You were recently invited to present a collection at the inaugural Ipswich Fashion Festival. Can you tell us a little about the work you showed, and also the event itself?
As I’ve been working in the fabulous world of the “Theatre Wardrobe” for a few years, I haven’t had an opportunity to produce a collection or focus on the Leigh Buchanan brand. Even though Project Runway seems like a lifetime ago people are still very interested in my collection, and even I get a thrill seeing it on the catwalk where it belongs… so I dragged a few key pieces out of the mothballs and let them sparkle once more.
As a born and bred Ipswich local, it was wonderful to see such an event being organised and I was thrilled, not only to be a part of the fabulous evening, but to see that Ipswich has a burgeoning fashion hub, which seems to be flourishing.
You have balanced working in the fashion industry with designing and creating costumes for the stage. How do the two differ, and what are some of the challenges of designing for characters in a performance, versus designing for a particular kind of fashion consumer?
I think Edith Bealle got it right when she discovered “the perfect costume for today”… our clothes are just the costumes that help us show the world which character we’re playing.
Some of the boring challenges that arise in both fashion and costume are issues such as durability; you can design a beautiful silk gown, but if the actor gets thrown around the stage day-in-day-out or it can’t be laundered, then its back to the drawing board. While working on Queensland Theatre Company’s very physical Romeo & Juliet a couple of years ago, every day of rehearsals one of the lead actors would rip the crotch out of his trousers… something I thankfully rectified before Opening Night (with extra layers of re-enforced fabric, taped seams, a lot of crossed fingers and prayer). The thing with both industries is to understand the brief, know your client, be a good listener and problem-solver-super-powers help!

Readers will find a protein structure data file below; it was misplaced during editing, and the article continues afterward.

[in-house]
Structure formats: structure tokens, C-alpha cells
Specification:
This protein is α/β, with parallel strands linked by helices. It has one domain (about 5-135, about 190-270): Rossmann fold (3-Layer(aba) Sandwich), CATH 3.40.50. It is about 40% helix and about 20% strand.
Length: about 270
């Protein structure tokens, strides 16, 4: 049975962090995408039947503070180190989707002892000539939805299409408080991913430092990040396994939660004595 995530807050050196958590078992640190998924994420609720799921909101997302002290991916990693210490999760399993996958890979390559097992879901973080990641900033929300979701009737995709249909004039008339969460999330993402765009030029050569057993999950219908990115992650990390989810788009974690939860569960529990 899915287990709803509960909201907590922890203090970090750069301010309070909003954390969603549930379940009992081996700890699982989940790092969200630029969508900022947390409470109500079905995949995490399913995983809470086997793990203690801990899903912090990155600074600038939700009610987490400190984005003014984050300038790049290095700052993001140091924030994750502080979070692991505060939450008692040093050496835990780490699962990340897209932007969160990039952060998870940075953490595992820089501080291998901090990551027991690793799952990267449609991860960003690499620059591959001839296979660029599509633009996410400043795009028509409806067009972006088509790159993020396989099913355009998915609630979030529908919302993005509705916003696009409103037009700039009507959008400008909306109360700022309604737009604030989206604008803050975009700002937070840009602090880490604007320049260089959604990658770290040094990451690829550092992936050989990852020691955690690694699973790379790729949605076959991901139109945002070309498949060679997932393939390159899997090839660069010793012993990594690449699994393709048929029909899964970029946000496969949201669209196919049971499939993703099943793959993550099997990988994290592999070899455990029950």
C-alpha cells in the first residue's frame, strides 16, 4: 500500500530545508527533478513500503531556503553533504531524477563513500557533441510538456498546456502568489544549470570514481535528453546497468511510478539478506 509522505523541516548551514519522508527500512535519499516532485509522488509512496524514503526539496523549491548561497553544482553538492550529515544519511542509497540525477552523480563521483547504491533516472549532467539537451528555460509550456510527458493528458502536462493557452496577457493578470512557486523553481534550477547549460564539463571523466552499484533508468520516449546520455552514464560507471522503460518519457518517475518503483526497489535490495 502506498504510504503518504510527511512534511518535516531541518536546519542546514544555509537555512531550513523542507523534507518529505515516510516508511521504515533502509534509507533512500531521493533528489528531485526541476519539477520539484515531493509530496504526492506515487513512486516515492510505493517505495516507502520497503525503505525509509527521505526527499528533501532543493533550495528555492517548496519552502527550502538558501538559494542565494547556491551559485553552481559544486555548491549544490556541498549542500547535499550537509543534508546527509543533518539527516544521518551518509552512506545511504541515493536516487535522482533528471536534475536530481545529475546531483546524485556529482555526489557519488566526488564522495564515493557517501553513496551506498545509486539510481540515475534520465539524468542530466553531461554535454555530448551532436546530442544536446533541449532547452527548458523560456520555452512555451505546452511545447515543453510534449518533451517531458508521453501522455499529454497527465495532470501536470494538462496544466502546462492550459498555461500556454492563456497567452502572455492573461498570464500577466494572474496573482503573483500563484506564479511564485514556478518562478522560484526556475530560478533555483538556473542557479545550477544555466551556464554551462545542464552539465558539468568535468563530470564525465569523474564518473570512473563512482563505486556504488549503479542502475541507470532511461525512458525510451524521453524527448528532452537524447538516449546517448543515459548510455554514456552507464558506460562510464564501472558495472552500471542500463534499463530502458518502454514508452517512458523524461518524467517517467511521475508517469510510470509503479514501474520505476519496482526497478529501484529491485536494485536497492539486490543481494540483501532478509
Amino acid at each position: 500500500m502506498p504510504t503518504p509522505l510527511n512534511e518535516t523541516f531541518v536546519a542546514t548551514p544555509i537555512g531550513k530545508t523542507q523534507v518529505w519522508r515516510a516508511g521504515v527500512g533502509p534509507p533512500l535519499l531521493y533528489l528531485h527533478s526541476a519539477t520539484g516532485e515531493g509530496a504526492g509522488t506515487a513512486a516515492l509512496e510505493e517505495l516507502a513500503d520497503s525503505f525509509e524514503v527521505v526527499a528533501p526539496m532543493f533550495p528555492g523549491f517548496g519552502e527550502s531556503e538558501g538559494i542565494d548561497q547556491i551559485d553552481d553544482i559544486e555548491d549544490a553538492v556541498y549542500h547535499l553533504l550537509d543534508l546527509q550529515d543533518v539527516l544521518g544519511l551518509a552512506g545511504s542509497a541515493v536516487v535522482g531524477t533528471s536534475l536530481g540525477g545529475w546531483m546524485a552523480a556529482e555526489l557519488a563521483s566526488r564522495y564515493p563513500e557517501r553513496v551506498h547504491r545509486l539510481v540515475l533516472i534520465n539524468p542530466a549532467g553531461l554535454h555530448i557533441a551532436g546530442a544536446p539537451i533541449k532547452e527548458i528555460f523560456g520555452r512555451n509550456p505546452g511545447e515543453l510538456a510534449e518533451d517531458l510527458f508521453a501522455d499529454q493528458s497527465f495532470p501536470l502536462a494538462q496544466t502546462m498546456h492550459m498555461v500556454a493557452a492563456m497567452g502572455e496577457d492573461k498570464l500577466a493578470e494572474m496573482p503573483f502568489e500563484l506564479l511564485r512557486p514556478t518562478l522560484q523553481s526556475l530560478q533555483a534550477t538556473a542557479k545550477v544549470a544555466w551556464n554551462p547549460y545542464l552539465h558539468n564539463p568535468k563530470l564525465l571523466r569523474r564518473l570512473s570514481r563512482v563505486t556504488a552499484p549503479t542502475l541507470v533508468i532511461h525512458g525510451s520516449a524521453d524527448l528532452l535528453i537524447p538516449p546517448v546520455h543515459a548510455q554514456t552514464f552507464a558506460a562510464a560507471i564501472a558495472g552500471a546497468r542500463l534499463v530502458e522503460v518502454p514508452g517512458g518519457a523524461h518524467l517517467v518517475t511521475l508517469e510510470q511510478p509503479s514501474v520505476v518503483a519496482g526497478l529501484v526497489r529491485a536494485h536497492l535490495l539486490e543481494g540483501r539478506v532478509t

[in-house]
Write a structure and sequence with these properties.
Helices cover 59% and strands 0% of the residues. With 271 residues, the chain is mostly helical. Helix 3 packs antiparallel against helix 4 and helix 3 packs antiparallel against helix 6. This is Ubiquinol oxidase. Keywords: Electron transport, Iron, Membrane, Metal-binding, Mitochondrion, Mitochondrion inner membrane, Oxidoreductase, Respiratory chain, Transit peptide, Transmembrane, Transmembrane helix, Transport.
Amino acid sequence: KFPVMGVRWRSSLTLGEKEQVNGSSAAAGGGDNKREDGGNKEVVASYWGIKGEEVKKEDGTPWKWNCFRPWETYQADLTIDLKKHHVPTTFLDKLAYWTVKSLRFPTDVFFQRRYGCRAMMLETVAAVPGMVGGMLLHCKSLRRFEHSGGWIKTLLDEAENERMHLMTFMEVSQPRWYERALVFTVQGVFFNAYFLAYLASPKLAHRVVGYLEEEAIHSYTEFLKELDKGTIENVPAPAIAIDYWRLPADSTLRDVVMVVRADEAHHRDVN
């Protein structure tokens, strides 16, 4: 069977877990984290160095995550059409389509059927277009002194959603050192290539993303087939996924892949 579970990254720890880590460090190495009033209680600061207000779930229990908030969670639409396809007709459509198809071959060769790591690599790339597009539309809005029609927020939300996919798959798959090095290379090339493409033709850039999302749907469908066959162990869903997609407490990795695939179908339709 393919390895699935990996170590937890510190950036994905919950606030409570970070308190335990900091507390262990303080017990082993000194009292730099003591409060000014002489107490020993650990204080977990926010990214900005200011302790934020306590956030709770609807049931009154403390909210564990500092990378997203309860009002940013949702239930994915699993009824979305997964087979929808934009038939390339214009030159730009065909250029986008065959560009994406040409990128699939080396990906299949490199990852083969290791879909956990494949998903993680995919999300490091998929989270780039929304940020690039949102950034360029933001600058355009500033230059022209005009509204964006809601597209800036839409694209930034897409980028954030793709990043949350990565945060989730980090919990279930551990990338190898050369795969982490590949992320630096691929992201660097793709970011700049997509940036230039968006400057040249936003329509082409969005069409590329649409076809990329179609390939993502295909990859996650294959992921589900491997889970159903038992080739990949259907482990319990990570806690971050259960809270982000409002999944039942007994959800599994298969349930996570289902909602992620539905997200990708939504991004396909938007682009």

Tell us how you came to be interested in fashion…
I come from a long line of fashionistas: when my Mother went to teachers college she produced beautiful water-coloured scrapbooks of the history of fashion which I never tired of leafing through as a child. My Grandmother was a hairdresser with exceptional sewing skills and always knitted my siblings and I a new jumper every Winter. An Aunt collected wedding magazines my whole childhood and we spent hours and hours, years and years pouring over them designing fabulous weddings…but really I blame Princess Diana’s beautiful silk & lace tragedy for getting me hooked on bridal couture.
Where do you look for inspiration on matters of style?
I’ve always loved the history of art and design, galleries, bygone eras of fashion and the touch of beautiful fabrics, but I literally find inspiration EVERYWHERE. When it comes to style though, I think it just comes naturally… there are those into fashion and those who are just naturally stylish. The old adage that fashions come and go and style lasts forever is totally true in my book. Don’t get me wrong, I love a good fad and get sucked into the occasional trend, but I think there’s enough ‘fast fashion’ around today with the likes of Topshop lurking on every corner and I feel that because Aussie designers continue to follow overseas trends instead of creating individual aesthetics, our local industry is dying.
What is your most treasured dress-related object or memory?
My most treasured fashion piece was a beautifully cut black velvet jacket I found in a vintage boutique while living in Ireland, it took me everywhere from gala evenings at the opera with a lapel of brooches to casual days with cons, ripped jeans and a crew neck tee.
Give us three words, people or places you associate with Queensland fashion…
Just like our lifestyle: COLOURFUL, quirky, relaxed.
Is there such a thing as a distinct Queensland style?
I hope there are many…
Published in Issue 11, on March 25, 2014.